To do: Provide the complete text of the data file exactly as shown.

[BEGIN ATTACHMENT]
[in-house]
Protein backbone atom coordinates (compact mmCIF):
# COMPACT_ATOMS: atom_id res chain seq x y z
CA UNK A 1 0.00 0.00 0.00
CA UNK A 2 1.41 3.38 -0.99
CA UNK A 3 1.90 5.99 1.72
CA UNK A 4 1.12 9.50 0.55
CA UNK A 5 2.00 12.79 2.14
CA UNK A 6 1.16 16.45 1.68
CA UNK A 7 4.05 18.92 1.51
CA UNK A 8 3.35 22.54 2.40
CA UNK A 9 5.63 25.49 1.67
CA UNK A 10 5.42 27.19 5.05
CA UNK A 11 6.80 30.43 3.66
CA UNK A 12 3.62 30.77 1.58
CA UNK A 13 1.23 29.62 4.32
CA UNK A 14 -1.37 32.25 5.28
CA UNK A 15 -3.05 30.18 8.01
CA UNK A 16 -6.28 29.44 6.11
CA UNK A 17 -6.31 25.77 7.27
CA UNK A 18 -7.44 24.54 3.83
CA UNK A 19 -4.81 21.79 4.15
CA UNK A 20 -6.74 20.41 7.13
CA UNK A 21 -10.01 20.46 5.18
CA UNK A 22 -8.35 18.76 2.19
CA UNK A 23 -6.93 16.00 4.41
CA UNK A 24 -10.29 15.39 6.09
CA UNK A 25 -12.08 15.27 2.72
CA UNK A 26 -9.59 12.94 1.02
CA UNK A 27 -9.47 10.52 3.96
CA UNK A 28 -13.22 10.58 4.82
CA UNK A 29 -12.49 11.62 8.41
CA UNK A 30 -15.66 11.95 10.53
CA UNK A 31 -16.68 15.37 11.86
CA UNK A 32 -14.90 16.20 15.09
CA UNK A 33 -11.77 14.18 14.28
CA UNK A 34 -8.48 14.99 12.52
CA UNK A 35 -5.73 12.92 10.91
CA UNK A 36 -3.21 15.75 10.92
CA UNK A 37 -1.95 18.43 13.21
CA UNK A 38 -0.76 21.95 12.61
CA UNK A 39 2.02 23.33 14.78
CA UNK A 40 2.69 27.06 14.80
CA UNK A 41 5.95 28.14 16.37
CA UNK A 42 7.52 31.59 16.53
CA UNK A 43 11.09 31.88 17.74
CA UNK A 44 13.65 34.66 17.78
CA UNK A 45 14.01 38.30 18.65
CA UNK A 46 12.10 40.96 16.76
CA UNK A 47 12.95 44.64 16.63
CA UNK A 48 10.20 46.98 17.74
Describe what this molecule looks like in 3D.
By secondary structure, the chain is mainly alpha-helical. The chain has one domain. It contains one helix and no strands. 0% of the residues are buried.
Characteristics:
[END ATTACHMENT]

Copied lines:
[in-house]
Protein backbone atom coordinates (compact mmCIF):
# COMPACT_ATOMS: atom_id res chain seq x y z
CA UNK A 1 0.00 0.00 0.00
CA UNK A 2 1.41 3.38 -0.99
CA UNK A 3 1.90 5.99 1.72
CA UNK A 4 1.12 9.50 0.55
CA UNK A 5 2.00 12.79 2.14
CA UNK A 6 1.16 16.45 1.68
CA UNK A 7 4.05 18.92 1.51
CA UNK A 8 3.35 22.54 2.40
CA UNK A 9 5.63 25.49 1.67
CA UNK A 10 5.42 27.19 5.05
CA UNK A 11 6.80 30.43 3.66
CA UNK A 12 3.62 30.77 1.58
CA UNK A 13 1.23 29.62 4.32
CA UNK A 14 -1.37 32.25 5.28
CA UNK A 15 -3.05 30.18 8.01
CA UNK A 16 -6.28 29.44 6.11
CA UNK A 17 -6.31 25.77 7.27
CA UNK A 18 -7.44 24.54 3.83
CA UNK A 19 -4.81 21.79 4.15
CA UNK A 20 -6.74 20.41 7.13
CA UNK A 21 -10.01 20.46 5.18
CA UNK A 22 -8.35 18.76 2.19
CA UNK A 23 -6.93 16.00 4.41
CA UNK A 24 -10.29 15.39 6.09
CA UNK A 25 -12.08 15.27 2.72
CA UNK A 26 -9.59 12.94 1.02
CA UNK A 27 -9.47 10.52 3.96
CA UNK A 28 -13.22 10.58 4.82
CA UNK A 29 -12.49 11.62 8.41
CA UNK A 30 -15.66 11.95 10.53
CA UNK A 31 -16.68 15.37 11.86
CA UNK A 32 -14.90 16.20 15.09
CA UNK A 33 -11.77 14.18 14.28
CA UNK A 34 -8.48 14.99 12.52
CA UNK A 35 -5.73 12.92 10.91
CA UNK A 36 -3.21 15.75 10.92
CA UNK A 37 -1.95 18.43 13.21
CA UNK A 38 -0.76 21.95 12.61
CA UNK A 39 2.02 23.33 14.78
CA UNK A 40 2.69 27.06 14.80
CA UNK A 41 5.95 28.14 16.37
CA UNK A 42 7.52 31.59 16.53
CA UNK A 43 11.09 31.88 17.74
CA UNK A 44 13.65 34.66 17.78
CA UNK A 45 14.01 38.30 18.65
CA UNK A 46 12.10 40.96 16.76
CA UNK A 47 12.95 44.64 16.63
CA UNK A 48 10.20 46.98 17.74
Describe what this molecule looks like in 3D.
By secondary structure, the chain is mainly alpha-helical. The chain has one domain. It contains one helix and no strands. 0% of the residues are buried.
Characteristics: